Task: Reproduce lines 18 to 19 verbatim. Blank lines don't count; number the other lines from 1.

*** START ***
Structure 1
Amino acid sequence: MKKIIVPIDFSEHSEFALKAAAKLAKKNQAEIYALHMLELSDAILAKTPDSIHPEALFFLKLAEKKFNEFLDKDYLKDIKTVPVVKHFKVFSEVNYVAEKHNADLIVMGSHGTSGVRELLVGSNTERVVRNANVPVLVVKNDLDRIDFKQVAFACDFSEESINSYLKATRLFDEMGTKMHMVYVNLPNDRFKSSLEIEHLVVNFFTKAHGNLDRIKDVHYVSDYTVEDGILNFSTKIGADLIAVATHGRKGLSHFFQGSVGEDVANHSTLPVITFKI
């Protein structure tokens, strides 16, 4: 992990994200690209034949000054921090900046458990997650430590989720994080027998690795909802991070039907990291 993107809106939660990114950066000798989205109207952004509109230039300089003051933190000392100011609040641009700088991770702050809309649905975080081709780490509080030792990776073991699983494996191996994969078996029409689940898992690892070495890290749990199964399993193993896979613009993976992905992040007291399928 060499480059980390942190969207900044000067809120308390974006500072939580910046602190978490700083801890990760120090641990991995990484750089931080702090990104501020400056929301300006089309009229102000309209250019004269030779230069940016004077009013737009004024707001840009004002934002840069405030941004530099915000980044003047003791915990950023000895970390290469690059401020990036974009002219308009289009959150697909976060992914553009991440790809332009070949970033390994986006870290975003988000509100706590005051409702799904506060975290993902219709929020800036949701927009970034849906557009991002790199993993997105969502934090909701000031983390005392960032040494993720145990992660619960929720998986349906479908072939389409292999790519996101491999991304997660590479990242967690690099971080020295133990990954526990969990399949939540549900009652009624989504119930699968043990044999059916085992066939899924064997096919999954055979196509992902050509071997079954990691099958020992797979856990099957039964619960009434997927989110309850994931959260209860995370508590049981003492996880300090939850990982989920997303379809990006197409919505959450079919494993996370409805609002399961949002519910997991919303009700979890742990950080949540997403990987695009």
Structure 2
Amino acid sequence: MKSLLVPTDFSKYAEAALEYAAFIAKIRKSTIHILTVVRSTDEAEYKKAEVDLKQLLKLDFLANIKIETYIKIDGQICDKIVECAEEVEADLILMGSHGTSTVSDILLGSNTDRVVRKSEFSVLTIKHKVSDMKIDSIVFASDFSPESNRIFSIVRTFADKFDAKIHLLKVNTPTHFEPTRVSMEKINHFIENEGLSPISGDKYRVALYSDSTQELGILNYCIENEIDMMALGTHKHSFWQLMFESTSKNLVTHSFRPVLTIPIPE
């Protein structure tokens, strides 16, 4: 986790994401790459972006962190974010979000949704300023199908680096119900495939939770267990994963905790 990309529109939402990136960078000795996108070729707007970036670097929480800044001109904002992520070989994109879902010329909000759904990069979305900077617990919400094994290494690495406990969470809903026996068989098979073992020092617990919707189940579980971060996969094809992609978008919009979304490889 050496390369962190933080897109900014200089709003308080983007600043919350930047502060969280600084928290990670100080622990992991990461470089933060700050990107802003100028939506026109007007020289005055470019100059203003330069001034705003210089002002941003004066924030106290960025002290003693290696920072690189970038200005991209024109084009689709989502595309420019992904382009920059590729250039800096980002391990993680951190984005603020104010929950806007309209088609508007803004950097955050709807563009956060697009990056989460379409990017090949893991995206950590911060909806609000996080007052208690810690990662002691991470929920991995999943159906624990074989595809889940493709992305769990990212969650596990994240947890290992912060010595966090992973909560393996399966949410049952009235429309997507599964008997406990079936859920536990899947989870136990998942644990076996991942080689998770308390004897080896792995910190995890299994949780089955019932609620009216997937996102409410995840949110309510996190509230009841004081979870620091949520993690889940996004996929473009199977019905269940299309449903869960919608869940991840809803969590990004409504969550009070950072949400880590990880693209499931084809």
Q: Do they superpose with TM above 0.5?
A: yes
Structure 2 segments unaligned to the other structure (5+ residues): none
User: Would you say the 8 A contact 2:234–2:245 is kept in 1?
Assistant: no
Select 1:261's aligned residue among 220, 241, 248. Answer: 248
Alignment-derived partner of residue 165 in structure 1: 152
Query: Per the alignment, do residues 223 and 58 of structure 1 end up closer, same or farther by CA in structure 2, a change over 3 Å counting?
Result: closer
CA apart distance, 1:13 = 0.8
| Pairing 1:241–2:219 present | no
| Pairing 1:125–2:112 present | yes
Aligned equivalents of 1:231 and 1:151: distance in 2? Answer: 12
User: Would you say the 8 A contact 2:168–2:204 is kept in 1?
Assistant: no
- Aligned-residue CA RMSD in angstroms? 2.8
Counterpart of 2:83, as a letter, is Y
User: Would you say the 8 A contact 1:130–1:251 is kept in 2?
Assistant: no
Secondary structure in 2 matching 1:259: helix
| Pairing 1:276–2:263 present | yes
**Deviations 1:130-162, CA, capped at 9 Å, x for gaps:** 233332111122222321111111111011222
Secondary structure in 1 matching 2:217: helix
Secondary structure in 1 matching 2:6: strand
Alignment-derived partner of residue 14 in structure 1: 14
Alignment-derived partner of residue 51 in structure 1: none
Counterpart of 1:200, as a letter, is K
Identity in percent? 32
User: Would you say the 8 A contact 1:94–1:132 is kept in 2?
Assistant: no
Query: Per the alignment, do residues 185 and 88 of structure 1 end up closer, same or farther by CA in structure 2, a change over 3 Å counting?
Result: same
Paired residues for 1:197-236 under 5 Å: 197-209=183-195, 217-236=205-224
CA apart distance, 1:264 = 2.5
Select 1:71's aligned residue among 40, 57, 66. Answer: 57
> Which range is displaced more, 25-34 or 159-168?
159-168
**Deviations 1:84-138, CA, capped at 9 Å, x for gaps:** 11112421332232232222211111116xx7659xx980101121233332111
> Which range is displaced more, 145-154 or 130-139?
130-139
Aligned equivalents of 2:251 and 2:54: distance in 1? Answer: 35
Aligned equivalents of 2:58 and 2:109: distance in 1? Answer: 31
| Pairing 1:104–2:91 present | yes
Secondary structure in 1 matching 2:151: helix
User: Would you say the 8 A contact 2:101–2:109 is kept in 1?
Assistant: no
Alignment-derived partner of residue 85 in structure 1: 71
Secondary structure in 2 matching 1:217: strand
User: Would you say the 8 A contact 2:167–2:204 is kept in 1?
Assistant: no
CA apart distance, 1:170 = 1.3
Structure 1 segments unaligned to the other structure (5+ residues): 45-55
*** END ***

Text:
| Pairing 1:125–2:112 present | yes
Aligned equivalents of 1:231 and 1:151: distance in 2? Answer: 12